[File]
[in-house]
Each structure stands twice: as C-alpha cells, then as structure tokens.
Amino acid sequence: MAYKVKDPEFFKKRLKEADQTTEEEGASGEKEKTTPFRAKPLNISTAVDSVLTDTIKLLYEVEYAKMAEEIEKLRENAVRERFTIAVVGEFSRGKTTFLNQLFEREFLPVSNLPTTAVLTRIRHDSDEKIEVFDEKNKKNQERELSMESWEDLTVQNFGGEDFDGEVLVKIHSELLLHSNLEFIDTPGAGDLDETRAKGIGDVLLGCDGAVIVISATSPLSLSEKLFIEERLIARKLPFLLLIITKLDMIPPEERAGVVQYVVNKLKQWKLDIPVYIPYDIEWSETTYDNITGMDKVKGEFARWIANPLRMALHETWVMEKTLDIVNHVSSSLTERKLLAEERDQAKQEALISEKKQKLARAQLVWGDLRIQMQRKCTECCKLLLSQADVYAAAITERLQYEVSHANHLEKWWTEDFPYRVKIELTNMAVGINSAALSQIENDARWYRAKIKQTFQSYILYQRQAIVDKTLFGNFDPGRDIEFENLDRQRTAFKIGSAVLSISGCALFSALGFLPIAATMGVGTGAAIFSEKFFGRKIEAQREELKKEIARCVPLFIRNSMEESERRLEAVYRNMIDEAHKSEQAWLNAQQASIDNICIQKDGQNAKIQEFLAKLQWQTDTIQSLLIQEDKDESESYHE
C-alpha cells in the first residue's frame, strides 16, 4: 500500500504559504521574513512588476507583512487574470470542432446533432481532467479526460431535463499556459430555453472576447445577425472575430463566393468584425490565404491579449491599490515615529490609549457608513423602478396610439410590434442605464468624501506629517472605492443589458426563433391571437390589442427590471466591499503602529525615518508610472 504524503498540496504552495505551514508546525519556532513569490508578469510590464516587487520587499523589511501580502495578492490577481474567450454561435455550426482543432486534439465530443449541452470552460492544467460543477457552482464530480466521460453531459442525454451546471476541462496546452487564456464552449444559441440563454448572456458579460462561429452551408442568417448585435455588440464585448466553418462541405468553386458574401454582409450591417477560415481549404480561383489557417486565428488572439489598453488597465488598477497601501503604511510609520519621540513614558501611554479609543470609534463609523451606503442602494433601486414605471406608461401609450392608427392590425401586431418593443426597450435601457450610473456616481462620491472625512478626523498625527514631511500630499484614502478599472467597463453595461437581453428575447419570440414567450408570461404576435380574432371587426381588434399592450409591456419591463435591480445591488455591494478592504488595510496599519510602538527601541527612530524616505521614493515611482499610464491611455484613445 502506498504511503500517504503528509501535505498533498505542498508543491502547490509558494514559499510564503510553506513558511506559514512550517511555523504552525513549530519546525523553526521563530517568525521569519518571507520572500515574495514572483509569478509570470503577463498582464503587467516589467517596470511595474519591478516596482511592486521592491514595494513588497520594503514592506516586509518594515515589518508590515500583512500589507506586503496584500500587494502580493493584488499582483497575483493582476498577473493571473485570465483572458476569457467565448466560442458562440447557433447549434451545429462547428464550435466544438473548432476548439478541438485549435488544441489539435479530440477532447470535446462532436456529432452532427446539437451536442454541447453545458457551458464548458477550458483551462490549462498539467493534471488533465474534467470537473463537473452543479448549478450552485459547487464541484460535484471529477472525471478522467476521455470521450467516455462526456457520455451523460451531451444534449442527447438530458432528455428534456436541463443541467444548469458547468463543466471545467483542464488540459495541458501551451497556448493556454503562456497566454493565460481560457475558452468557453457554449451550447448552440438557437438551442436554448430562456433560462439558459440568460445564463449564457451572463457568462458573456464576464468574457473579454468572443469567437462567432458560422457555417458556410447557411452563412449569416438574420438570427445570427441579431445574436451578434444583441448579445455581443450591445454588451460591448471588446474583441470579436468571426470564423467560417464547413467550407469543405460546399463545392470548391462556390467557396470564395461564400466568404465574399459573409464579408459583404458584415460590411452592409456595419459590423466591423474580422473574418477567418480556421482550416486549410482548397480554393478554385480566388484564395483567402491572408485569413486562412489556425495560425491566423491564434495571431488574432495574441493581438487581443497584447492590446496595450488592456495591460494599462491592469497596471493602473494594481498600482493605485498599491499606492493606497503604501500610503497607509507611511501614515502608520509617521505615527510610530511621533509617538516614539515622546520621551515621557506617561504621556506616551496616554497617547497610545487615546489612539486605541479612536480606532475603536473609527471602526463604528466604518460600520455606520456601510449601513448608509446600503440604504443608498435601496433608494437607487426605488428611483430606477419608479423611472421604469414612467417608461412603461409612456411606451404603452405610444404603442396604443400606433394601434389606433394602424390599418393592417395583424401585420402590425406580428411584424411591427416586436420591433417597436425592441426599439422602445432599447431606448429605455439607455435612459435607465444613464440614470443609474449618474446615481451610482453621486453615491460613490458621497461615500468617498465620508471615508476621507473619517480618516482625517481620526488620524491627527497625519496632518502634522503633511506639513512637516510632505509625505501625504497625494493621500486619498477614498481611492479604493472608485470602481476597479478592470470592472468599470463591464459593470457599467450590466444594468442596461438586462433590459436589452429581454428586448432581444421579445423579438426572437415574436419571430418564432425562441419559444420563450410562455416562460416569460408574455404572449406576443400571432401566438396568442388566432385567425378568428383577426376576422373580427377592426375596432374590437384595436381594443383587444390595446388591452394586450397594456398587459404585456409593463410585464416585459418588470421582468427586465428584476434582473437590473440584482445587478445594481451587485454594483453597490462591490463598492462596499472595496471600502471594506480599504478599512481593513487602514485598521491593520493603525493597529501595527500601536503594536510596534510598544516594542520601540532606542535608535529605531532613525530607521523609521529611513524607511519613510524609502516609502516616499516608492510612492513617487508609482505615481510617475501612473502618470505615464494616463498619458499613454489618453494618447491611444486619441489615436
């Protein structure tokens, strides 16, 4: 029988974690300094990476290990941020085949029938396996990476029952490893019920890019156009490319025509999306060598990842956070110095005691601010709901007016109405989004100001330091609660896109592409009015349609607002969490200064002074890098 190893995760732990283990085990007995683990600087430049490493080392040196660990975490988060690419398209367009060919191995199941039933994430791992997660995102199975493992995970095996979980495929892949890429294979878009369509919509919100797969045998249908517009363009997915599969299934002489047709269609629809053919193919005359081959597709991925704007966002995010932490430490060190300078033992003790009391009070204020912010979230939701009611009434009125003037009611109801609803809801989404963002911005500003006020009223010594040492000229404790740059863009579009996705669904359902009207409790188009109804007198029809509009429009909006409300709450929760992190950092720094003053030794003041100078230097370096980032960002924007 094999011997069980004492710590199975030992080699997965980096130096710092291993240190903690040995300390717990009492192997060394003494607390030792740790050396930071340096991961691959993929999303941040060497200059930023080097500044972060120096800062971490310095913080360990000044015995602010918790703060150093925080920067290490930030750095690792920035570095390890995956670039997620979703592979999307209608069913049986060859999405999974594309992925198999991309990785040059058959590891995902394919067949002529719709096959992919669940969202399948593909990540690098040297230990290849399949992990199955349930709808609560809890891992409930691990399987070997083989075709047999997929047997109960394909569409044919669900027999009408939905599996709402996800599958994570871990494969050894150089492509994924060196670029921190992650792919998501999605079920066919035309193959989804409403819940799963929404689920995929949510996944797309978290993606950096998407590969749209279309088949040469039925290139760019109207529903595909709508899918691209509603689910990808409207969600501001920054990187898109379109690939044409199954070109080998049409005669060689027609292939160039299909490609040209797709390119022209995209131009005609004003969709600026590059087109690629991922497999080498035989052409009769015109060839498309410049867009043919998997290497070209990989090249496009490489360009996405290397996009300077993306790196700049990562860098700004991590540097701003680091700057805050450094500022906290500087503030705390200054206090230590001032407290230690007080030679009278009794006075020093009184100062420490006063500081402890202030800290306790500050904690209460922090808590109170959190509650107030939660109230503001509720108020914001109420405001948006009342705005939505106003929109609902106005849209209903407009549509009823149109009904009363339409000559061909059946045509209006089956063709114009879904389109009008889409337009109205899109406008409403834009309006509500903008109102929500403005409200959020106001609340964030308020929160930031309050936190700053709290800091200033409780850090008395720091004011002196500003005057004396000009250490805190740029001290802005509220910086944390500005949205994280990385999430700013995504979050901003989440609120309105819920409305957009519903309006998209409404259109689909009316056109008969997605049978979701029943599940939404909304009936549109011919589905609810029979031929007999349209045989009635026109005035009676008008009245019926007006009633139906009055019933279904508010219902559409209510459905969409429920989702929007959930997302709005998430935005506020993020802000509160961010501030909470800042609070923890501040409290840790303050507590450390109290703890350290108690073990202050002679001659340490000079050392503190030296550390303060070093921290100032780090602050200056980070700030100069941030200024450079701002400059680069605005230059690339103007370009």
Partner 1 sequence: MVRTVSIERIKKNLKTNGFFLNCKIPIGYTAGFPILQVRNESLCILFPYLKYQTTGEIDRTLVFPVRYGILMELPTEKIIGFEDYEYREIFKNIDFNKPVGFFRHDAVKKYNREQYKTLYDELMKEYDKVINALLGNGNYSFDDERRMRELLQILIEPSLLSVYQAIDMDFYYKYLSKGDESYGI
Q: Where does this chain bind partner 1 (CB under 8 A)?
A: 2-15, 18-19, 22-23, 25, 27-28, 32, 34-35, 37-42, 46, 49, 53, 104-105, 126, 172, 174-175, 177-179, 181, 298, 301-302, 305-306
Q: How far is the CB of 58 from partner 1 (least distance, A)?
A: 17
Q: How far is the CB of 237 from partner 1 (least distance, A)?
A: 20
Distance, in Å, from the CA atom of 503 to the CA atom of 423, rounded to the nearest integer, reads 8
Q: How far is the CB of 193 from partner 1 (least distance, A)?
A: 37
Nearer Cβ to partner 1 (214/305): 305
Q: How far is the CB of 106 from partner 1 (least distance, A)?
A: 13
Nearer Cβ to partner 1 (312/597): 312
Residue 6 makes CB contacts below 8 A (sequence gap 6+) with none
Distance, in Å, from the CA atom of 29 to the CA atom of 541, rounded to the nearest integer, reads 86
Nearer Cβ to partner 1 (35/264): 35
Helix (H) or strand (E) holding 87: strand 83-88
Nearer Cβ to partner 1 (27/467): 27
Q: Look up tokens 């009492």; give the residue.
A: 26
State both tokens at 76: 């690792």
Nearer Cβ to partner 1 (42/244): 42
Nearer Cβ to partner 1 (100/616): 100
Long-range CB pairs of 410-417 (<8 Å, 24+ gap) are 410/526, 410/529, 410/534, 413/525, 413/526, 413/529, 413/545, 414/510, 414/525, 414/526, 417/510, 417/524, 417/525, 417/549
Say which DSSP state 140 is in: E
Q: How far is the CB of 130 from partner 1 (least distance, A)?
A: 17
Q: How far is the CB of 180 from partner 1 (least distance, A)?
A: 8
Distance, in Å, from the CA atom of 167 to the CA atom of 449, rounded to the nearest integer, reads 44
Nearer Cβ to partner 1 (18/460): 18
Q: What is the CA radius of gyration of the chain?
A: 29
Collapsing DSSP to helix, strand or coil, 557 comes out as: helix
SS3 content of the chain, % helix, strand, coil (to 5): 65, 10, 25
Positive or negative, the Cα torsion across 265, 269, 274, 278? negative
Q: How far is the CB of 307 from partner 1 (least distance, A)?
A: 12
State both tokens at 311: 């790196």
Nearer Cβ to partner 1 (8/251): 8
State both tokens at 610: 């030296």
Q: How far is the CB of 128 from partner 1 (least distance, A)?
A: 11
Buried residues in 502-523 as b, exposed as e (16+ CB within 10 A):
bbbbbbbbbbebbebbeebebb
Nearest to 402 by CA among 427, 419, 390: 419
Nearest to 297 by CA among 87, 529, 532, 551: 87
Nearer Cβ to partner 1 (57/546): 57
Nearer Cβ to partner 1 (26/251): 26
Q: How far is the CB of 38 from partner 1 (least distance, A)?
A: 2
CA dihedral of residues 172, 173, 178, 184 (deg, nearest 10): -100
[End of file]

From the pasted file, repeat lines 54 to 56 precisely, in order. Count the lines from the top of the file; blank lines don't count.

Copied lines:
Nearer Cβ to partner 1 (57/546): 57
Nearer Cβ to partner 1 (26/251): 26
Q: How far is the CB of 38 from partner 1 (least distance, A)?